Friday, January 20, 2012

How to style food for a magazine

Recently Vanessa and I were commissioned to style and take some photo's for a fabulous magazine called NZ Life & Leisure. Each year they put out a special title and this year it was The Insiders Guide to New Zealand showcasing NZ's top spots to visit for food, where to stay, people to meet and things to do . I thought it would interesting to share our experience and also one of the recipes from the day, that we tucked into with gusto.


THE BRIEF: To photograph four recipes (Kingfish Tartare, Kedgeree, Chargrilled Lamb Steaks with Smoky Capsicum Salsa and Avocado Salad) in a relaxed casual style making sure it was a good fit with the other recipes in the magazine (which were stock images from a variety of photographers and stylists) and also to compliment the colours used in each section of the magazine.

Words used were: Country style : relaxed : natural light : a little bit of depth of field (background blur): unstaged : unfussy

We were given pdf proofs of mockups of the magazine from the Art Director (which is virtually unheard of!) which gave us a great overview of the style and feel of the mag, and also the colours of each section (which were segmented by different places to visit in NZ)

What plates, cutlery and props to use? Our setups before the food arrived.

We decided to keep it very simple, with muted colour and let the food be the focal point. We choose to shoot above if the food was quite flat, and we choose a 3/4 front on angle if the food could be piled high.

PROPS USED: Muslin cloth (great for creating a relaxed style, as the edges of the muslin roll up which create a nice subtle effect, old enamel plates - different sizes stacked on top of each other, old wooden boards, white painted wooden boards create a marine/ seaside feel to the shot especially good if your photographing seafood, red fry pan to compliment the capsicum salsa and to add colour as meat (Lamb steaks) can sometimes be quite dull. Lemons cut in different ways always add a freshness to a dish.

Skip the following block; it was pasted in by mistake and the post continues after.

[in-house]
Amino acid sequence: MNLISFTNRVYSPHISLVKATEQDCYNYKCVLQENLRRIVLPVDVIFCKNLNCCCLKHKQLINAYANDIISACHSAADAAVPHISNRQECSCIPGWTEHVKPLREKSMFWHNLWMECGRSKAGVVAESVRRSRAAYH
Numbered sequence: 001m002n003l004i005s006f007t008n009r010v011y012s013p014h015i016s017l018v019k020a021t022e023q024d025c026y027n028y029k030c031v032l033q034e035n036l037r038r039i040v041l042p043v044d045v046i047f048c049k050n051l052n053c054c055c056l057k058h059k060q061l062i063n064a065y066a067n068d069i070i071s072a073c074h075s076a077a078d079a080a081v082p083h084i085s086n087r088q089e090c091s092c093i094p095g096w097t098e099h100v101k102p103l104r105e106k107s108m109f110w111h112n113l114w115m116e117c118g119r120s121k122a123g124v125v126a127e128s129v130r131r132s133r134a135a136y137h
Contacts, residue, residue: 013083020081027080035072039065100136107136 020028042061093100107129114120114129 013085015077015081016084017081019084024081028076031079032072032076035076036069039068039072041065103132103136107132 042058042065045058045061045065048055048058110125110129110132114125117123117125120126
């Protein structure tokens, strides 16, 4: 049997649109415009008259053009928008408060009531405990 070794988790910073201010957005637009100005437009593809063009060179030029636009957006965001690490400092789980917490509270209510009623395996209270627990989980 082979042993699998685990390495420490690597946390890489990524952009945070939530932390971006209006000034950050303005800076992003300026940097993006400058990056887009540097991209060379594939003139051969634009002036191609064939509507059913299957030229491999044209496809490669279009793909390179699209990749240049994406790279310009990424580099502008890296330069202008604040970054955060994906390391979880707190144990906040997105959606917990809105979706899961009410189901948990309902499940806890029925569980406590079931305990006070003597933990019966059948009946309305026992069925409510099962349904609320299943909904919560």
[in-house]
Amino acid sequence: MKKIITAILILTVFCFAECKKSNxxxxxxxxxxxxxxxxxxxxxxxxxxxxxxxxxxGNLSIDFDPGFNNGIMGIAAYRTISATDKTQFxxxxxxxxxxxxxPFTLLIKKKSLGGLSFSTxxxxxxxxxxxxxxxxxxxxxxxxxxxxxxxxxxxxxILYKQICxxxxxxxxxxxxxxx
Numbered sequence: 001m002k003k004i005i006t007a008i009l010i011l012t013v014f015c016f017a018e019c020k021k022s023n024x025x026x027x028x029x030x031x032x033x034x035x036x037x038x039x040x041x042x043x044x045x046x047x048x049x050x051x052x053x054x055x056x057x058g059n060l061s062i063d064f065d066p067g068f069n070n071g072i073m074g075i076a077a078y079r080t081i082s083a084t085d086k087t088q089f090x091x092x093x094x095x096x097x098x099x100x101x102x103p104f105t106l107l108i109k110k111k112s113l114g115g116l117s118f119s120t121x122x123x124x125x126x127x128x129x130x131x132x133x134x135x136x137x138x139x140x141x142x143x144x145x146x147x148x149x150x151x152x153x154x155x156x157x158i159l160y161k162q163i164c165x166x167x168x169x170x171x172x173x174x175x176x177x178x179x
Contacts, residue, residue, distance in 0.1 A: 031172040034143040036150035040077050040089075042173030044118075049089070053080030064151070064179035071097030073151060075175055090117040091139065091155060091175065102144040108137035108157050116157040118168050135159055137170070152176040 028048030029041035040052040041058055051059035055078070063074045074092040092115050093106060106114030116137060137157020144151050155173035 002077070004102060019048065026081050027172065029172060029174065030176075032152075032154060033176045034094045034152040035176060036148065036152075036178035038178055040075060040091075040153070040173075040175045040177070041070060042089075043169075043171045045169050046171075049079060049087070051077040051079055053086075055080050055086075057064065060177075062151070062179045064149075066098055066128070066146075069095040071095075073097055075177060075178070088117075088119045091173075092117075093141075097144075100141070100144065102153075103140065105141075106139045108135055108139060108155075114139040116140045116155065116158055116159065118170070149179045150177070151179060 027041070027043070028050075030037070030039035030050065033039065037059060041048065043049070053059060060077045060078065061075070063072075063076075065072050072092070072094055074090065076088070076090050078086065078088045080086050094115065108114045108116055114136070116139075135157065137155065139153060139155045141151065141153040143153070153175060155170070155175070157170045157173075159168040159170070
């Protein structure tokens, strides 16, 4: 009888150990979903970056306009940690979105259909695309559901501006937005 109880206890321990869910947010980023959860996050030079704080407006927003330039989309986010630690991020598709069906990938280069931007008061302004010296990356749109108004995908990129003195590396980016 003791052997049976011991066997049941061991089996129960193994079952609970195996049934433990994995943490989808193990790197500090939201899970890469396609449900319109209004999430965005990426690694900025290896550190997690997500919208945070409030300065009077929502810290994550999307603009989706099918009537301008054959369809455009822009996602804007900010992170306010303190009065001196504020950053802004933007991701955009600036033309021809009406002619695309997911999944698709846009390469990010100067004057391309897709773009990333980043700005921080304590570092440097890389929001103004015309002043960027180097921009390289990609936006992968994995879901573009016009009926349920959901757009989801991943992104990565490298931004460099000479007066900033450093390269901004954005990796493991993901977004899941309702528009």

The recipes were supplied to us, so make sure you double check you have all the right ingredients showing in the photo. An avocado salad ain't an Avo salad if you forget the AVO!

CAMERA USED: Canon 550D - shooting in RAW and JPG - As the photos are retouched in house we supplied both RAW and JPEG files on disk to the Art Director with minimal retouching, only a bit of contrast. No sharpening.

SHOOTING FROM ABOVE: Used the standard kit lens 18-55mm. ISO: 100 f:11 We always had an aperture of 11 as this is the best aperture to have everything in focus.

SHOOTING FROM THE FRONT: Lens Used: 100m 2.8 ISO: 100 f:3.2 plus tripod

Kingfish Tartare: Old enamel plates and boards painted white add to the seaside theme.

We choose two dishes each and shopped and prepared each one at our own house - cutting up chillies or chives, cooking rice - anything that could be made ahead of the shoot. We decided to shoot at Vanessa's house, on her front porch as it was a bright but overcast day - perfect for photographing food.

As Vanessa is definitely the better cook out of the two of us -  she took over the cooking, and styling of the food whilst I went ahead and set up the different props and table settings, set up the camera, reflector board and tripod. It was a very simple setup, as the light was perfect. I did a white balance using a white card and holding it in frame and setting it in my camera, which I did at various times throughout the day as the light changed.

Mistakes made, lesson learned
We had some very 'blonde' experiences, and the wine wasn't even opened yet! We forgot the Avocado in the Avocado salad, we kept saying, 'what a weird looking salad', 'how bland', 'only broad beans?', 'not very appealing' and shot a few frames before it dawned on us what we had omitted. We also didn't realise that broad beans needed to be popped out of their shells - and again took a lot of frames with them looking grey and lifeless.

  • Prepare your table settings prior to any food being cooked, set up your plate/ dish/ cutlery etc
  • Re read any recipe you are commissioned to style or photograph - if you forget anything important, your shoot is ruined!